Ever wonder where that saying came from about being our own worst enemy? At least one place you'll find it is in this elegant turn of phrase:
"Very often we are our own worst enemy as we foolishly build stumbling blocks on the path that leads to success and happiness."
-- Louis Binstock
If there's a truer sentiment regarding self-consciousness and nervousness about public speaking, I don't know of it. (To bring yourself down to earth and speak with greater focus and presence, download our cheat sheet, "How to Calm Your Nerves Before Speaking.")
Here are 4 common myths about public speaking that, like "building our own stumbling blocks," keep us from realizing our full potential as speakers. Equally bad, these myths may make us avoid speaking in public, and so keep audiences from hearing what we have to say:
Myth #1: Public speaking is dangerous. This is a particularly widespread and damaging myth. Not only are audience members never your enemy; but even a failed presentation will rarely result in your being fired, demoted, or even seriously compromised in your job. Speaking isn’t a perilous adventure on the order of any of the things that should really scare you, no matter how hard you try to make it so. Remember: a diamond is formed by pressure, and only afterwards is it polished. If you find speaking in public challenging, that means it’s a golden opportunity for you to grow.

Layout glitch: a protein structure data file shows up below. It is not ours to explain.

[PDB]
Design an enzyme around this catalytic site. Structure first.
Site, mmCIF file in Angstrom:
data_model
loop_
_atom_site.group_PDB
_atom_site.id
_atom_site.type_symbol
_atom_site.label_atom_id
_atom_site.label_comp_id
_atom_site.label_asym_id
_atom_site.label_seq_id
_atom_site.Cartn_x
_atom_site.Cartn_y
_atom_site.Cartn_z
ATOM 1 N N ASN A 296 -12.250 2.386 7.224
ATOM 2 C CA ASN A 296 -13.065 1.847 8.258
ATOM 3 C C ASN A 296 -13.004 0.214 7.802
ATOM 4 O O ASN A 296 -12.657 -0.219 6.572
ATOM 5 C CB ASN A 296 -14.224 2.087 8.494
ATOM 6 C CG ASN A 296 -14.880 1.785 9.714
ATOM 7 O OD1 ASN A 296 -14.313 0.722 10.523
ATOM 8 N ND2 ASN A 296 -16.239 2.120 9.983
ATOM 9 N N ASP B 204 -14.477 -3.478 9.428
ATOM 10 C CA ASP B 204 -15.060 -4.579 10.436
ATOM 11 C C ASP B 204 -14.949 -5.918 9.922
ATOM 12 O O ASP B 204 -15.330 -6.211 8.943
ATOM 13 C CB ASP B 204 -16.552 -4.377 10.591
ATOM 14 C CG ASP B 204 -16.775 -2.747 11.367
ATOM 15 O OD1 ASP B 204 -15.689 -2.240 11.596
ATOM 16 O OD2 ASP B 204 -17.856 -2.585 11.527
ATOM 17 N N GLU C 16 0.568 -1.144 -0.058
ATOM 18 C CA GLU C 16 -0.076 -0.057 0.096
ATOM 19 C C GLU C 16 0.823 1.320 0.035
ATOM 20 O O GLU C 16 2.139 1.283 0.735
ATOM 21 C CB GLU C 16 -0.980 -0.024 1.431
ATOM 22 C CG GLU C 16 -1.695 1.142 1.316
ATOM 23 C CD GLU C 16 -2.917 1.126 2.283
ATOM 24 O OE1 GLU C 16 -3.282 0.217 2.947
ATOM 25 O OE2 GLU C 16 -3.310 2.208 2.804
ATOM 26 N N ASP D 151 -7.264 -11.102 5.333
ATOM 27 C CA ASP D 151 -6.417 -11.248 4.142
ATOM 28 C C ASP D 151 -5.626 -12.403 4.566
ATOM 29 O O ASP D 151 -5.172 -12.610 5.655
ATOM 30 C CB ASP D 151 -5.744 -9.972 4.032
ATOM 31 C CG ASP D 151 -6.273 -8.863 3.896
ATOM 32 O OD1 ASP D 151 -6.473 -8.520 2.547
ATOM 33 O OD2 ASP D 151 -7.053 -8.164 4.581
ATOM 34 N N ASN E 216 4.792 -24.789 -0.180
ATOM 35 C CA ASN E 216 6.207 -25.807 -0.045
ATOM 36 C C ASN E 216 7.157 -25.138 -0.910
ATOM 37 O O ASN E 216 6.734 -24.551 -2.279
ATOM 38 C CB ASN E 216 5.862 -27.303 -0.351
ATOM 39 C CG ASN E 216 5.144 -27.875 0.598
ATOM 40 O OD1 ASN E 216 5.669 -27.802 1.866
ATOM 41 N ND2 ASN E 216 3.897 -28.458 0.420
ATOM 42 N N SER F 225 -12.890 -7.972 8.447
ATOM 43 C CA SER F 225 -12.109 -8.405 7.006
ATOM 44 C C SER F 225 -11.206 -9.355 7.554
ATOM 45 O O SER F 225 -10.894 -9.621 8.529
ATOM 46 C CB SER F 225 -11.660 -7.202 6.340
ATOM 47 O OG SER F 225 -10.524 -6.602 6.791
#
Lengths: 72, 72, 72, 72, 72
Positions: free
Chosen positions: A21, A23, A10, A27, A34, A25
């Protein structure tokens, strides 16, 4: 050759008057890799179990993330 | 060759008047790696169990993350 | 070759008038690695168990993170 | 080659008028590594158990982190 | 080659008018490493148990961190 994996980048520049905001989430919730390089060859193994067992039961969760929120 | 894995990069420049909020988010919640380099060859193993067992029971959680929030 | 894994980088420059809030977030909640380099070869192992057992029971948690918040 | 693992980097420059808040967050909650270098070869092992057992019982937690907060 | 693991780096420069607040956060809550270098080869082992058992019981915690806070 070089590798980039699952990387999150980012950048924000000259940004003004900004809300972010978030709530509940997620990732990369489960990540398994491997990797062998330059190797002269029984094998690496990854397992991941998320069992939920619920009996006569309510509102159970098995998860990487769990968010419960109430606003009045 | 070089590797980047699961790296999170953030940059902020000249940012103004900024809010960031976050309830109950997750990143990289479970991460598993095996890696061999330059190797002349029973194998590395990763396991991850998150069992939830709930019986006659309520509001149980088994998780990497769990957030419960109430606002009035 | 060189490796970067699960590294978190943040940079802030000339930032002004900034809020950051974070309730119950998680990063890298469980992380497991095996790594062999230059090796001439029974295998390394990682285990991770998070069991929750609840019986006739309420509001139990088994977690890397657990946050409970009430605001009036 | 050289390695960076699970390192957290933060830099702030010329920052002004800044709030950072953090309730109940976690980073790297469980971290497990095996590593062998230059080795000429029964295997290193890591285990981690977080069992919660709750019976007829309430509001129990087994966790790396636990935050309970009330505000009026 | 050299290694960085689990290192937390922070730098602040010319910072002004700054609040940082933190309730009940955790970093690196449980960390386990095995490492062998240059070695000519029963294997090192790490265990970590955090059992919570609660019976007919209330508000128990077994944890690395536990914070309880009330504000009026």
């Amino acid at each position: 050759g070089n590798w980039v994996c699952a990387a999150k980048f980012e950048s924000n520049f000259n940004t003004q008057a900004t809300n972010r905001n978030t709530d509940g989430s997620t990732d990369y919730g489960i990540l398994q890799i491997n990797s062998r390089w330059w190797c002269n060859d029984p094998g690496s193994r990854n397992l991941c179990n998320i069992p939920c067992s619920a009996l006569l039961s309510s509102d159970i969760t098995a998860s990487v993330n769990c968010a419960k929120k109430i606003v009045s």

Myth #2: Nervousness will make you perform poorly. Where’s the link between feeling anxious and giving a bad performance? There isn’t one, at least that I’ve been able to find. Although nervousness may certainly make you feel ill at ease, it's such an internal state that it doesn't easily transfer to your skill set. Stories are common from both business and theater where someone will speak then say to a colleague, “I know I was horrible! I was so nervous.” Usually the other person will respond: “Really? I didn’t see it.”
Myth #3: Everyone will see how nervous you are. . . . And once they do, the entire audience will realize that you can’t do your job! This is nonsense. Most nervousness isn’t visible to others because, as I mentioned above, it’s internal. And if people do see you’re nervous, they’ll most likely have the normal reaction, which is to sympathize with you. Audience members feel good when you’re succeeding and embarrassed when you’re failing. So they're actually on your side and want you to do well.
Myth #4: You have to be an excellent speaker. Who says so? Are you employed as a motivational speaker, or in some other profession? The belief that you have to be “excellent” is often a hindrance to effective public speaking because it confuses polish with genuine communication. When you speak to people (who almost always want to be in the audience), your job is to connect with them and give them something of value. It isn't to be slick, charismatic, or a stand-up comic. Instead of "excellence," concern yourself with being honest and trustworthy. And if you happen to give a lackluster presentation, so what? Failure can be the best of teachers, since you’ll want to do that much better the next time.
So leave the myths for the ancient Greeks and Romans. Be a public speaking hero instead.
Takeaways from this blog:
- Myths about public speaking can keep us from realizing our potential.
- A failed presentation usually doesn't result in serious consequences.
- There typically isn't a link between nervousness and a bad performance.
- Most nervousness isn't visible.
- Your job probably isn't to be an excellent speaker, it's to communicate!